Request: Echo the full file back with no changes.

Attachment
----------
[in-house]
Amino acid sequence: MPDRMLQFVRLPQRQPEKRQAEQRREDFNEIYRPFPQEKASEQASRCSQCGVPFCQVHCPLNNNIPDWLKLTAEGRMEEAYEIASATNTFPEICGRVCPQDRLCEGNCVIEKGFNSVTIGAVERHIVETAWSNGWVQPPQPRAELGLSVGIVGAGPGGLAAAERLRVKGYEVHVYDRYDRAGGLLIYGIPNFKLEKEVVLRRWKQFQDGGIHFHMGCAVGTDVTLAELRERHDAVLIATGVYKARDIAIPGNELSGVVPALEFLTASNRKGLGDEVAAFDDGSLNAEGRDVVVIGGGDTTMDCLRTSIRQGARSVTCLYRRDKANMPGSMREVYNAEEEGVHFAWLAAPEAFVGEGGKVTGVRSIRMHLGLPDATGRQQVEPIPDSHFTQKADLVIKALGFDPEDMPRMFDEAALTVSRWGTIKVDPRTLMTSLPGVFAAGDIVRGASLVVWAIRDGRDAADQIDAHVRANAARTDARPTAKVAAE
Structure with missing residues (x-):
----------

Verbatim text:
[in-house]
Amino acid sequence: MPDRMLQFVRLPQRQPEKRQAEQRREDFNEIYRPFPQEKASEQASRCSQCGVPFCQVHCPLNNNIPDWLKLTAEGRMEEAYEIASATNTFPEICGRVCPQDRLCEGNCVIEKGFNSVTIGAVERHIVETAWSNGWVQPPQPRAELGLSVGIVGAGPGGLAAAERLRVKGYEVHVYDRYDRAGGLLIYGIPNFKLEKEVVLRRWKQFQDGGIHFHMGCAVGTDVTLAELRERHDAVLIATGVYKARDIAIPGNELSGVVPALEFLTASNRKGLGDEVAAFDDGSLNAEGRDVVVIGGGDTTMDCLRTSIRQGARSVTCLYRRDKANMPGSMREVYNAEEEGVHFAWLAAPEAFVGEGGKVTGVRSIRMHLGLPDATGRQQVEPIPDSHFTQKADLVIKALGFDPEDMPRMFDEAALTVSRWGTIKVDPRTLMTSLPGVFAAGDIVRGASLVVWAIRDGRDAADQIDAHVRANAARTDARPTAKVAAE
Structure with missing residues (x-):